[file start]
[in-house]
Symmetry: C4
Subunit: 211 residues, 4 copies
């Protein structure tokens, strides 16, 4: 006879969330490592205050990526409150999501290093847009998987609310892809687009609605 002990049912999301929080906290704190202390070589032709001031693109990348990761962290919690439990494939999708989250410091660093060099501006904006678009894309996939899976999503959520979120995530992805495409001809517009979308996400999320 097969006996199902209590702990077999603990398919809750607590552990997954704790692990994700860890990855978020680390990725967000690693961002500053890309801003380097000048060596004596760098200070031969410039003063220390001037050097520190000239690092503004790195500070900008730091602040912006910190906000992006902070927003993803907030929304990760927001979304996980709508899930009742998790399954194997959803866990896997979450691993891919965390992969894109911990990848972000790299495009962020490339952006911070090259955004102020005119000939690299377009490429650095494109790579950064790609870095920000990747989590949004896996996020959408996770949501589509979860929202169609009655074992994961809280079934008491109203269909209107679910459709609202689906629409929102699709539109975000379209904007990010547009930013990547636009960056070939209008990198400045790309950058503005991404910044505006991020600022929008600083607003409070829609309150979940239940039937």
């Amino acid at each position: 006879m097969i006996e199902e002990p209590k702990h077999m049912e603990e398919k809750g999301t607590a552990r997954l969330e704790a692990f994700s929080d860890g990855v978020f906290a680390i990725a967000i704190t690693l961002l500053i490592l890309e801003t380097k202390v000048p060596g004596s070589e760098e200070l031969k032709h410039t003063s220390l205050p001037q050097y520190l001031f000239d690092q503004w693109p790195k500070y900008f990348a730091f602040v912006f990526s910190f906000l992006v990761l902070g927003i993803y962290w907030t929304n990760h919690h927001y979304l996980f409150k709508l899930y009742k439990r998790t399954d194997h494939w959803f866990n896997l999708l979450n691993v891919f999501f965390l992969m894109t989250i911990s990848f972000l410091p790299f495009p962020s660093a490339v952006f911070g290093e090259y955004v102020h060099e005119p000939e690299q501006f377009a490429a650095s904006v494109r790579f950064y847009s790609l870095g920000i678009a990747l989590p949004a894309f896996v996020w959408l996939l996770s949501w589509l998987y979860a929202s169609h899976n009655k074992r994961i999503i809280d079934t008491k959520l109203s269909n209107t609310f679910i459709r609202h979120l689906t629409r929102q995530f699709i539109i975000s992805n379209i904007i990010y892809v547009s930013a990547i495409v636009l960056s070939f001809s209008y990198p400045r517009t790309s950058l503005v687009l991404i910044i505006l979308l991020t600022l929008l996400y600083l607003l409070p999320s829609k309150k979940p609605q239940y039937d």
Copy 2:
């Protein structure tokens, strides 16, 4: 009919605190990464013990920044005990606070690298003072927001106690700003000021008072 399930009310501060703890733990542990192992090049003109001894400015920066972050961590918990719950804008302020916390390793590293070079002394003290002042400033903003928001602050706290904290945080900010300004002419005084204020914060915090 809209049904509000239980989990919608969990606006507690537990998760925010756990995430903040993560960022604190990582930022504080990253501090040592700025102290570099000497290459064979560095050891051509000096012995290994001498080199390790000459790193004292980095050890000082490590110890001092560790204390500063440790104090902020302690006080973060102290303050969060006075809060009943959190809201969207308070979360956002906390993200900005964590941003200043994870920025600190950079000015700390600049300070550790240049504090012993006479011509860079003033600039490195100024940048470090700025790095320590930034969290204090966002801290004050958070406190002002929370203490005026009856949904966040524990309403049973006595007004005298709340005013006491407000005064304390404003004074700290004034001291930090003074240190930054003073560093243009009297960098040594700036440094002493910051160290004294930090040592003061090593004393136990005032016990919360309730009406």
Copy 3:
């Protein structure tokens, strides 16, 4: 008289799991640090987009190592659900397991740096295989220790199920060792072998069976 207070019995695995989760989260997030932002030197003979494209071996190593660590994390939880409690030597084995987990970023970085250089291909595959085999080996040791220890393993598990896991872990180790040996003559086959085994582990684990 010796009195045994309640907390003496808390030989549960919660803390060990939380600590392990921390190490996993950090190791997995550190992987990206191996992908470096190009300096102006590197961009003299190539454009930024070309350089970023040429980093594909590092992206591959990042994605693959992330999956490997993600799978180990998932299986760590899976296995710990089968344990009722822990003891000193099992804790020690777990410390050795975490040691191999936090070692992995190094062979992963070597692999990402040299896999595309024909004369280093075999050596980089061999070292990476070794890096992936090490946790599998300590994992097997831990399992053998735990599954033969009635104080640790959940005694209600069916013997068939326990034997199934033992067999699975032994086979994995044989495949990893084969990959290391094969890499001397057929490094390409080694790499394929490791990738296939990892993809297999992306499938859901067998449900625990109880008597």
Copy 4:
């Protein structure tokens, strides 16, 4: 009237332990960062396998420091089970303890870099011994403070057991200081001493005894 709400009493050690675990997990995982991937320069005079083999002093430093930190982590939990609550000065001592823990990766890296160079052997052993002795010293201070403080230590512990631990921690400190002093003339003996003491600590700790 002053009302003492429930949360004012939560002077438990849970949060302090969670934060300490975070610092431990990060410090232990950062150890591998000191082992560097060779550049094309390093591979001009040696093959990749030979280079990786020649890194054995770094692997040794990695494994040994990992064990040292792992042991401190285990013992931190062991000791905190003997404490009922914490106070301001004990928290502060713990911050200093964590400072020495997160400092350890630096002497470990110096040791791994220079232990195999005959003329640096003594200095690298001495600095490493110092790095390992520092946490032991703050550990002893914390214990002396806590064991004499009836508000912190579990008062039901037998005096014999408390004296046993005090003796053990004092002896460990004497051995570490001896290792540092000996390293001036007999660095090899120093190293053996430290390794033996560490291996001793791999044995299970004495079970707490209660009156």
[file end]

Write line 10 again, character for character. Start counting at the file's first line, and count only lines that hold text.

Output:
Copy 4: